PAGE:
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Hoffmann, R. A wiki for the life sciences where authorship matters. Nature Genetics (2008)

Vagotomy dissociates short- and long-term controls of circulating ghrelin.

Plasma ghrelin levels are responsive to short- and long-term nutrient fluctuation, rapidly decreasing with food consumption and increasing with food deprivation or weight loss. We hypothesized a vagal contribution to both responses. Nutrient-related ghrelin suppression may be mediated by gastrointestinal load-related vagal afferent activity, or depend upon vagal efferent input to the foregut, where most ghrelin is produced. Similarly, the deprivation-induced ghrelin rise could require state-related vagal afferent or efferent activity. Here, we examined the role of the vagus nerve in the regulation of plasma ghrelin by sampling blood from rats with subdiaphragmatic vagotomy and from sham-operated controls over 48 h of food deprivation, and before and after gastric gavage of liquid diet. Vagotomy affected neither baseline ghrelin levels nor the suppression of ghrelin by a nutrient load. The food deprivation-induced elevation of plasma ghrelin levels ( approximately 160% of baseline), however, was completely prevented by subdiaphragmatic vagotomy. In a separate experiment, the deprivation-related rise in plasma ghrelin was substantially reduced by atropine methyl nitrate treatment, indicating that the response to fasting is driven by increased vagal efferent tone. The dissociation between nutrient load- and deprivation-related ghrelin responses indicates that the regulation of circulating ghrelin levels involves separate mechanisms operating through anatomically distinct pathways.[1]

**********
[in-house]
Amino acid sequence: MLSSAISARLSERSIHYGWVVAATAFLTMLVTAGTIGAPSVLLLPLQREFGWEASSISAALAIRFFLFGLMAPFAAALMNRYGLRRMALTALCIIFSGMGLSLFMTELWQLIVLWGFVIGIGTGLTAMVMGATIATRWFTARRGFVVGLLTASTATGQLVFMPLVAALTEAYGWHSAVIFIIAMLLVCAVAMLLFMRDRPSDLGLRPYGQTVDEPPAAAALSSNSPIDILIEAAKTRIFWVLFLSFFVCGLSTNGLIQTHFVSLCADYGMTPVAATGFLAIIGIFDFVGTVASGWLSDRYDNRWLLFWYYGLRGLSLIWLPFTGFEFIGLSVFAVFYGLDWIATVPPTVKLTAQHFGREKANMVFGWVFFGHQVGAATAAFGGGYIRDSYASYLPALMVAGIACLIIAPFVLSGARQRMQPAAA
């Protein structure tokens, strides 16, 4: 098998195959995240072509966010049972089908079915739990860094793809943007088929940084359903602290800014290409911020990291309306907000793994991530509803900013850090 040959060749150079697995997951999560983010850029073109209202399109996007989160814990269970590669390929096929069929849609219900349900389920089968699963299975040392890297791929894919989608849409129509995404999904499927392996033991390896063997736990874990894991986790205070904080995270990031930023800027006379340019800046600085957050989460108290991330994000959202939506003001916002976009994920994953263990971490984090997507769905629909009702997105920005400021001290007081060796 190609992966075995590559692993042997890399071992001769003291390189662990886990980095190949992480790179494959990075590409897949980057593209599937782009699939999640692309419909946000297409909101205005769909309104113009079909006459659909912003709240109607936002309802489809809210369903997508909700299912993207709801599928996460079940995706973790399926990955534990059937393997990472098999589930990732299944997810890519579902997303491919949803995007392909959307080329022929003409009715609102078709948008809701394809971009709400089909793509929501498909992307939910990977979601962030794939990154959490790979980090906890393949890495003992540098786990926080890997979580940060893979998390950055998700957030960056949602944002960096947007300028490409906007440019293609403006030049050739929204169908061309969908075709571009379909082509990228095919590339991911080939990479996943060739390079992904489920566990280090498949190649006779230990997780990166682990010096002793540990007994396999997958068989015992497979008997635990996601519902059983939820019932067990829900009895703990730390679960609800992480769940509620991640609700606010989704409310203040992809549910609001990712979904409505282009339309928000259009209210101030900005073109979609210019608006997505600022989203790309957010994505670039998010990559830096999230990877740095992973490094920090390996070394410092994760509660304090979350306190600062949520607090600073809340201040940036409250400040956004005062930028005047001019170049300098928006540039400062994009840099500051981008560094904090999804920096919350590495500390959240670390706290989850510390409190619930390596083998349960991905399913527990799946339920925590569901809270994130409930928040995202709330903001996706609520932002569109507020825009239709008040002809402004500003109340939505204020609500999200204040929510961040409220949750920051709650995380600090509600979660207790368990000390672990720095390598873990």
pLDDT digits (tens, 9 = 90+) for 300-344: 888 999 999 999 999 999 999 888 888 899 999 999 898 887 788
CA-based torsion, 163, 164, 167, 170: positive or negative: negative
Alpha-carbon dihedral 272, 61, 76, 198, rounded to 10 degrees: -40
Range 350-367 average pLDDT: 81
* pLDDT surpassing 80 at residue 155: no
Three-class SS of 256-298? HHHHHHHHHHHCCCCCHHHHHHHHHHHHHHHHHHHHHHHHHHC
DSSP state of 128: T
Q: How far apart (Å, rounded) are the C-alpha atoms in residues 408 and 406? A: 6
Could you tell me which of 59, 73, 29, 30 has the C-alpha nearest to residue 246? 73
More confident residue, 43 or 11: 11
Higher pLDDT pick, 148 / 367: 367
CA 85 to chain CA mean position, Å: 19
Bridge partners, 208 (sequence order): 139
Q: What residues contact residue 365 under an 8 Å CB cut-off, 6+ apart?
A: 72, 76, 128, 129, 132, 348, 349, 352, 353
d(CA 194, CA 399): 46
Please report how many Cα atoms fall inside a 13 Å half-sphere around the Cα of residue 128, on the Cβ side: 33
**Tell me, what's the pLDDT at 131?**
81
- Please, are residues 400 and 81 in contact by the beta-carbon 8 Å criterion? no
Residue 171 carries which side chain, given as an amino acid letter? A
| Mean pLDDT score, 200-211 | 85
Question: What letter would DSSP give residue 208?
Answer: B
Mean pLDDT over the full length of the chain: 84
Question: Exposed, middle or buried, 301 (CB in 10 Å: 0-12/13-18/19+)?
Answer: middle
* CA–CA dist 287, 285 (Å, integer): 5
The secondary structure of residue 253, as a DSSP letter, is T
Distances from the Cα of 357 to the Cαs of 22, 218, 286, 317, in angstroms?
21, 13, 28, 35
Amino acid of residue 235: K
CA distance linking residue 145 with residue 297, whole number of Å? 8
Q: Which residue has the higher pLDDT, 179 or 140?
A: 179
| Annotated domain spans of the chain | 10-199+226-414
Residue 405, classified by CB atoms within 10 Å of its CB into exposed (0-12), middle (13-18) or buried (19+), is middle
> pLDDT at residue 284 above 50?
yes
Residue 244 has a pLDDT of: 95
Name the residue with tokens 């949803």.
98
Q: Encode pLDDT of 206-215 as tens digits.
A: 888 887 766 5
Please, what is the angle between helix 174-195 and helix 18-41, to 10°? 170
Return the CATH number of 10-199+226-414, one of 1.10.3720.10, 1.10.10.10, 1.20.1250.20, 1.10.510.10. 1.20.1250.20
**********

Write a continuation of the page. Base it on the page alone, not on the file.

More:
1. Vagotomy dissociates short- and long-term controls of circulating ghrelin. Williams, D.L., Grill, H.J., Cummings, D.E., Kaplan, J.M. Endocrinology (2003) [Pubmed]
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